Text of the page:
When operating as a Virtual NIC (vNIC) each of the 2 physical ports appear to the blade server as 4 virtual NICs for a total of 8 virtual NICs per card.  According to IBM, the default bandwidth for each vNIC is 2.5 Gbps. The cool feature about this mode is that the bandwidth for each vNIC can be configured from 100 Mbps to 10 Gbps, up to a maximum of 10 Gb per virtual port.  The one catch with this mode is that it ONLY operates with the  BNT Virtual Fabric 10Gb Switch Module, which provides independent control for each vNIC.  This means no connection to Cisco Nexus…yet.  According to Emulex, firmware updates coming later (Q1 2010??) will allow for this adapter to be able to handle FCoE and iSCSI as a feature upgrade.  Not sure if that means compatibility with Cisco Nexus 5000 or not.  We’ll have to wait and see.

When used as a normal Ethernet Adapter (10Gb or 1Gb), aka “pNIC mode“, the card can is viewed as a  standard 10 Gbps or 1 Gbps 2-port Ethernet expansion card.   The big difference here is that it will work with any available 10 Gb switch or 10 Gb pass-thru module installed in I/O module bays 7 and 9.

BladeCenter H I-O

So What?
I’ve known about this adapter since VMworld, but I haven’t blogged about it because I just don’t see a lot of value.  HP has had this functionality for over a year now in their VirtualConnect Flex-10  offering so this technology is nothing new.  Yes, it would be nice to set up a NIC in VMware ESX that only uses 200MB of a pipe, but what’s the difference in having a fake NIC that “thinks” he’s only able to use 200MB vs a big fat 10Gb pipe for all of your I/O traffic.  I’m just not sure, but am open to any comments or thoughts.

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REVEALED: IBM's Nexus 4000 Switch: 4001I (Updated)

Finally – information on the soon-to-be-released Cisco Nexus 4000 switch for IBM BladeCenter.  Apparently IBM is officially calling their version “Cisco Nexus Switch Module 4001I for the IBM BladeCenter.”  I’m not sure if it’s “officially” announced yet, but I’ve uncovered some details.  Here is a summary of the Cisco Nexus Switch Module 4001I for the IBM BladeCenter:Nexus 4000i Photo

  • Six external 10-Gb Ethernet ports for uplink
  • 14 internal XAUI ports for connection to the server blades in the chassis
  • One 10/100/1000BASE-T RJ-45 copper management port for out-of-band management link  (this port is available on the front panel next to the console port)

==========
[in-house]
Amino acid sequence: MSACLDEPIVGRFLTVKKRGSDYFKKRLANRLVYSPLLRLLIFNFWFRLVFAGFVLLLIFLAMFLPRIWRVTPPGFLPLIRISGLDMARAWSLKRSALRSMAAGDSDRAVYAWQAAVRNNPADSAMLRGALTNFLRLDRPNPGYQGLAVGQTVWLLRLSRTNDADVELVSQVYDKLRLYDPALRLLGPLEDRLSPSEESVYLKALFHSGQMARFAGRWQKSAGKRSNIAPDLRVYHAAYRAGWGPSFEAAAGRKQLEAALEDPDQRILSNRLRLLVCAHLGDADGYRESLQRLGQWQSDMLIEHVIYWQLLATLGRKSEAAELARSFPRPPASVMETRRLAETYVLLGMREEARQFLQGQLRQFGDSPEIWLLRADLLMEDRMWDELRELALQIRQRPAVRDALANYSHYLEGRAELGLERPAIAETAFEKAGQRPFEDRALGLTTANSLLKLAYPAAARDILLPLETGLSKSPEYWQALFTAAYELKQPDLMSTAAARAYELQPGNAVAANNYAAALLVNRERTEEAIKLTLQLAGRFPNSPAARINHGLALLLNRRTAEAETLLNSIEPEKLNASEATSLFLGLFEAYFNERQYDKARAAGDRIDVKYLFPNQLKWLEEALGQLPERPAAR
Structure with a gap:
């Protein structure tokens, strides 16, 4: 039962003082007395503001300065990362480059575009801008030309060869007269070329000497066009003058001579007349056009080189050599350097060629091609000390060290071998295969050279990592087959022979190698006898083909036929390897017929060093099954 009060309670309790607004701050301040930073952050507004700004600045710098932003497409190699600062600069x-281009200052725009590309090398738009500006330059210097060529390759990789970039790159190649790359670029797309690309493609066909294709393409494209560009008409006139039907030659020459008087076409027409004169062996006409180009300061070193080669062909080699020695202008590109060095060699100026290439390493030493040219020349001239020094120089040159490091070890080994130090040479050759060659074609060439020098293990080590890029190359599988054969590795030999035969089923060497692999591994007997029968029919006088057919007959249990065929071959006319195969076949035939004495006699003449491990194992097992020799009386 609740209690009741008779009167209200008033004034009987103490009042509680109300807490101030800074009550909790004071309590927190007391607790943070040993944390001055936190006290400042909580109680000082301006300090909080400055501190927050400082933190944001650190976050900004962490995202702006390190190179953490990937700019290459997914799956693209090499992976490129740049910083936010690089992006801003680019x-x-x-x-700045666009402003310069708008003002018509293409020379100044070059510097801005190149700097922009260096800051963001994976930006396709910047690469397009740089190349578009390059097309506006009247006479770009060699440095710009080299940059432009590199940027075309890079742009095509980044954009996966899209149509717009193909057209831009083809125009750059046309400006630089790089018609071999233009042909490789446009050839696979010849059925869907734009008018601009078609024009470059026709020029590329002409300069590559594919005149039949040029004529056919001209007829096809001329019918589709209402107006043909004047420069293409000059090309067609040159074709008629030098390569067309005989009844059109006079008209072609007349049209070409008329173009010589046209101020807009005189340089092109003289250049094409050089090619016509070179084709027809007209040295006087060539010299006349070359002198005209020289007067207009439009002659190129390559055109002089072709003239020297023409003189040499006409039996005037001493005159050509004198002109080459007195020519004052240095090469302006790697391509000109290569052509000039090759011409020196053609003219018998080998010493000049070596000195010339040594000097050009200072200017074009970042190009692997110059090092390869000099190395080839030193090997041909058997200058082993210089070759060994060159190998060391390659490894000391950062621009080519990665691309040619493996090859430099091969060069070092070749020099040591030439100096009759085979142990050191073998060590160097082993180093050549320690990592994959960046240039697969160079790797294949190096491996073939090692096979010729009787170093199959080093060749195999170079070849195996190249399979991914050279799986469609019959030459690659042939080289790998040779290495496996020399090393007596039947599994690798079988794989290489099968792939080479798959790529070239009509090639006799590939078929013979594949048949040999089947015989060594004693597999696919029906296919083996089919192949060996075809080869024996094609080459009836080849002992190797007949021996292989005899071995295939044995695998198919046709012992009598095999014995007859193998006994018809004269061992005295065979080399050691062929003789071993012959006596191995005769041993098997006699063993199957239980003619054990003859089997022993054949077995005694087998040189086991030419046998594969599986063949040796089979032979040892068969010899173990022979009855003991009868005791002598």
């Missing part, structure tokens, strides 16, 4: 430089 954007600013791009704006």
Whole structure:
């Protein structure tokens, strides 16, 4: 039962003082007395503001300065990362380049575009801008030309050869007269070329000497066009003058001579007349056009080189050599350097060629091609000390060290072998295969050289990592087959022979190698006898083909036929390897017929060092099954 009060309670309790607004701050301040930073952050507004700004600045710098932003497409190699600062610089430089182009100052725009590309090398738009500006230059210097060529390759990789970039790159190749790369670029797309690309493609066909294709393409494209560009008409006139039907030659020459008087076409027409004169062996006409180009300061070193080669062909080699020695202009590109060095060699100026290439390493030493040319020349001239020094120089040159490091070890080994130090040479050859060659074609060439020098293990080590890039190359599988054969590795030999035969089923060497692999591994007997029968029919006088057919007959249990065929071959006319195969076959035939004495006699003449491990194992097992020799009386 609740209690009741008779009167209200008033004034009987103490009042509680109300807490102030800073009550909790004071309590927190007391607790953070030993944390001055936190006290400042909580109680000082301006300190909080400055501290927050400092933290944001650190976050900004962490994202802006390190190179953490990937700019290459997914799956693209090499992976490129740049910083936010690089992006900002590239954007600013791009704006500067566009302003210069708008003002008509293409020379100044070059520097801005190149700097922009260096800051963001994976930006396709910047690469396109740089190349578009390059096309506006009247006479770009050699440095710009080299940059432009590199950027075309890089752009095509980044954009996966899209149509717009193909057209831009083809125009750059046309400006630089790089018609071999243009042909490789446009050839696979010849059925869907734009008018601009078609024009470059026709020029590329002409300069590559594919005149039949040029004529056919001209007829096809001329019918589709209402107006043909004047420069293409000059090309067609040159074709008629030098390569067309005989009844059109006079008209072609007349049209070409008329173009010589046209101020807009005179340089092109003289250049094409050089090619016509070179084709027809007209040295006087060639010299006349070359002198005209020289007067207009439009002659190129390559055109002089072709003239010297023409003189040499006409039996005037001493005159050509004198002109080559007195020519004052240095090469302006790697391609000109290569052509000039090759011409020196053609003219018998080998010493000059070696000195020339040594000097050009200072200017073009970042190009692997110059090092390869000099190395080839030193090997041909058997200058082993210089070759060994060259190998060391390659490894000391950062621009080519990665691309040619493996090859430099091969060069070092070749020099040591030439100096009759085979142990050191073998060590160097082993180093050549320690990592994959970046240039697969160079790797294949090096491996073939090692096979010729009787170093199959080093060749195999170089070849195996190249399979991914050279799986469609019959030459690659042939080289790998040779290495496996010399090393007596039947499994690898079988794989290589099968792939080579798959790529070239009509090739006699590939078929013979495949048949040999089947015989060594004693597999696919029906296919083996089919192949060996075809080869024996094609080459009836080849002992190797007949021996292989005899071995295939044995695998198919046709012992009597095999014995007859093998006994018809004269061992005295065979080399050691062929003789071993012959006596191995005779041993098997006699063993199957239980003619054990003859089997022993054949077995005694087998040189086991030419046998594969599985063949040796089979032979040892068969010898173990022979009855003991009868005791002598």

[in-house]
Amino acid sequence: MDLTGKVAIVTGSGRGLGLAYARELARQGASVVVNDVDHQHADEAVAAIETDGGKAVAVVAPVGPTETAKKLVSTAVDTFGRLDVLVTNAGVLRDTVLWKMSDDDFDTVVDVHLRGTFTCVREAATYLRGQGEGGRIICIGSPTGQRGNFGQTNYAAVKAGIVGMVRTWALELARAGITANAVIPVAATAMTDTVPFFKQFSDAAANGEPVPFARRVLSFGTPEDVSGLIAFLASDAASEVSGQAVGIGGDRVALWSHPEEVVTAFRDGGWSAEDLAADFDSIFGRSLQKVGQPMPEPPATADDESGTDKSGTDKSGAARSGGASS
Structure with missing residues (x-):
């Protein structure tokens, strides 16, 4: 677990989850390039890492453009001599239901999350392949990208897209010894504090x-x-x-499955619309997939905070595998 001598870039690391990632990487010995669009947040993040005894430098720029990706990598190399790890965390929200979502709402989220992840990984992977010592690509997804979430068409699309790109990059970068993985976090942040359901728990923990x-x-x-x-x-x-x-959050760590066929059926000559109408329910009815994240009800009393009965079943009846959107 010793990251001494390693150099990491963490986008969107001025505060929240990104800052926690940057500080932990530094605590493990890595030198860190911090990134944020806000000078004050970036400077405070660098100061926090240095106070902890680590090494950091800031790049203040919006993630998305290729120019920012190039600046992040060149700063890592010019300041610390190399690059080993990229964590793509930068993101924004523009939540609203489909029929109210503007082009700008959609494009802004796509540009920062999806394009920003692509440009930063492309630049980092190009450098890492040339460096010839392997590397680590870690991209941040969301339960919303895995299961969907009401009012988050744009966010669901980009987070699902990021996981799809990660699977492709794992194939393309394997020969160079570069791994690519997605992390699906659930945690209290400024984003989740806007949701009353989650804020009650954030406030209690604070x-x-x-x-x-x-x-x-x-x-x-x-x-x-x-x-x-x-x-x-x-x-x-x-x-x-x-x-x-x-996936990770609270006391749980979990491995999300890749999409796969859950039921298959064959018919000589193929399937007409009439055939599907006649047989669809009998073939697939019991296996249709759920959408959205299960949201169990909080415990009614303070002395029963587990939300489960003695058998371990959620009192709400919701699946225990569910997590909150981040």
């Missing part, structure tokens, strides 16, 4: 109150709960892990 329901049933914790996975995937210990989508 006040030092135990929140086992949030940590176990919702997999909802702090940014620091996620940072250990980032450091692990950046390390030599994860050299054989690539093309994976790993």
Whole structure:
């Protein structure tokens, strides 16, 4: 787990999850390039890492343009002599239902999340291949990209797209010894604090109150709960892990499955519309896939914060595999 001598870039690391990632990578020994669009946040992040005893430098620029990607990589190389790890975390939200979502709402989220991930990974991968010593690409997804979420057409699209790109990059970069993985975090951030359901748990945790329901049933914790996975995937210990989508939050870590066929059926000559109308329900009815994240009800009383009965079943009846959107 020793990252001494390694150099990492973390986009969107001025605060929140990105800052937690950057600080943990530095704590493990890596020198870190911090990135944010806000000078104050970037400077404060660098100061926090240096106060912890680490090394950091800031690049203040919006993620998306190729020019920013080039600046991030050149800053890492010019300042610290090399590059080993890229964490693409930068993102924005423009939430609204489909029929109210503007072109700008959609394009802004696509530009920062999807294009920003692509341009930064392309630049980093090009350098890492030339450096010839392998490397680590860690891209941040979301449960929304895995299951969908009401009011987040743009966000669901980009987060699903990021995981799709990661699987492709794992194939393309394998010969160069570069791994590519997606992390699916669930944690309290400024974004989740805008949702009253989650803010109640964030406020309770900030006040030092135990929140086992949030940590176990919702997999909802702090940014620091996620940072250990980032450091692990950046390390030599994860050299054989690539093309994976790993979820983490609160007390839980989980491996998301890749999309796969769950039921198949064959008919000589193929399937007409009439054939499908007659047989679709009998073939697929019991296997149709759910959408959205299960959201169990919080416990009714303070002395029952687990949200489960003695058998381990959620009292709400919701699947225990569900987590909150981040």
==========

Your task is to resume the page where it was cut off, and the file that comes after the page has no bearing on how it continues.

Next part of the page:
• One external RS-232 serial console port  (this port is available on the front panel and uses an RJ-45 connector)

More tidbits of info:

  • The switch will be capable of forwarding Ethernet and FCoE packets at wire rate speed. 
  • The six external ports will be SFP+ (no surprise) and they’ll support 10GBASE-SR SFP+, 10GBASE-LR SFP+, 10GBASE-CU SFP+ and GE-SFP.
  • Internal port speeds can run at 1 Gb or 10Gb (and can be set to auto-negotiate); full duplex
  • Internal ports will be able to forward Layer-2 packets at wire rate speed.
  • The switch will work in the IBM BladeCenter “high-speed bays” (bays 7, 8, 9 and 10); however at this time, the available Converged Network Adapters (CNAs) for the IBM blade servers will only work with Nexus 4001I’s located in bays 7 and 9.

There is also mention of a “Nexus 4005I” from IBM, but I can’t find anything on that.  I do not believe that IBM has announced this product, so the information provided is based on documentation from Cisco’s web site.  I expect announcement to come in the next 2 weeks, though, with availability probably following in November just in time for the Christmas rush!

For details on the information mentioned above, please visit the Cisco web site, titled “Cisco Nexus 4001I and 4005I Switch Module for IBM BladeCenter Hardware Installation Guide“. 

If you are interested in finding out more about configuring the NX-OS for the Cisco Nexus Switch Module 4001I for the IBM BladeCenter, check out the Cisco Nexus 4001I and 4005I Switch Module for IBM BladeCenter NX-OS Configuration Guide

 UPDATE (10/20/09): the IBM part # for the Cisco Nexus 4001I Switch Module will be 46M6071

 UPDATE # 2 (10/20/09,  17:37 PM EST): Found more Cisco links:
Cisco Nexus 4001I Switch Module At A Glance

Cisco Nexus 4001I Switch Module DATA SHEET

New Picture:

Nexus 4000i Photo 2

 

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What Gartner Thinks of Cisco, HP, IBM and Dell (UPDATED)

(UPDATED 10/28/09 with new links to full article)

I received a Tweet from @HPITOps linked to Gartner’s first ever “Magic Quadrant” for blade servers.  Gartner Magic Quadrant - October 2009The Magic Quadrant is a tool that Gartner put together to help people easily where manufacturers rank, based on certain criteria.  As the success of blade servers continues to grow, the demand for blades increases.  You can read the complete Gartner paper at http://h20195.www2.hp.com/v2/getdocument.aspx?docname=4AA3-0100ENW.pdf, but I wanted to touch on a few highlights.

Key Points

  • *Blades are less than 15% of the server marketplace today.
  • *HP and IBM make up 70% of the blade market share